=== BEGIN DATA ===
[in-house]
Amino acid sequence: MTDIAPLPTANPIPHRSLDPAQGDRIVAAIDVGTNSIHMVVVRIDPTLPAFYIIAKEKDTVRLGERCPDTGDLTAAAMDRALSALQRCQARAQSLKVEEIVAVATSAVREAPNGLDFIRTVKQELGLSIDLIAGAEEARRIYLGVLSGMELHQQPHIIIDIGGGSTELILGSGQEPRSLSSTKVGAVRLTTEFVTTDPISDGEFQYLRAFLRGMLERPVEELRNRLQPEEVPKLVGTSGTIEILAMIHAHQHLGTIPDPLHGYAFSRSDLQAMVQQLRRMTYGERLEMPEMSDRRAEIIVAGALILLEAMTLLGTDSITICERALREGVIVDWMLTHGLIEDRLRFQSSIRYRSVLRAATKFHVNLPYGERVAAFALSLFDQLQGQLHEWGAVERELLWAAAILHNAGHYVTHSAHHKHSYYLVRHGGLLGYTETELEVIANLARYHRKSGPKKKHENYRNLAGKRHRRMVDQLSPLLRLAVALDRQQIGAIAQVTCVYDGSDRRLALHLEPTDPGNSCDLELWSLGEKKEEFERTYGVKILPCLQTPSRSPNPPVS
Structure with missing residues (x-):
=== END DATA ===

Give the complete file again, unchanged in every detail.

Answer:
[in-house]
Amino acid sequence: MTDIAPLPTANPIPHRSLDPAQGDRIVAAIDVGTNSIHMVVVRIDPTLPAFYIIAKEKDTVRLGERCPDTGDLTAAAMDRALSALQRCQARAQSLKVEEIVAVATSAVREAPNGLDFIRTVKQELGLSIDLIAGAEEARRIYLGVLSGMELHQQPHIIIDIGGGSTELILGSGQEPRSLSSTKVGAVRLTTEFVTTDPISDGEFQYLRAFLRGMLERPVEELRNRLQPEEVPKLVGTSGTIEILAMIHAHQHLGTIPDPLHGYAFSRSDLQAMVQQLRRMTYGERLEMPEMSDRRAEIIVAGALILLEAMTLLGTDSITICERALREGVIVDWMLTHGLIEDRLRFQSSIRYRSVLRAATKFHVNLPYGERVAAFALSLFDQLQGQLHEWGAVERELLWAAAILHNAGHYVTHSAHHKHSYYLVRHGGLLGYTETELEVIANLARYHRKSGPKKKHENYRNLAGKRHRRMVDQLSPLLRLAVALDRQQIGAIAQVTCVYDGSDRRLALHLEPTDPGNSCDLELWSLGEKKEEFERTYGVKILPCLQTPSRSPNPPVS
Structure with missing residues (x-):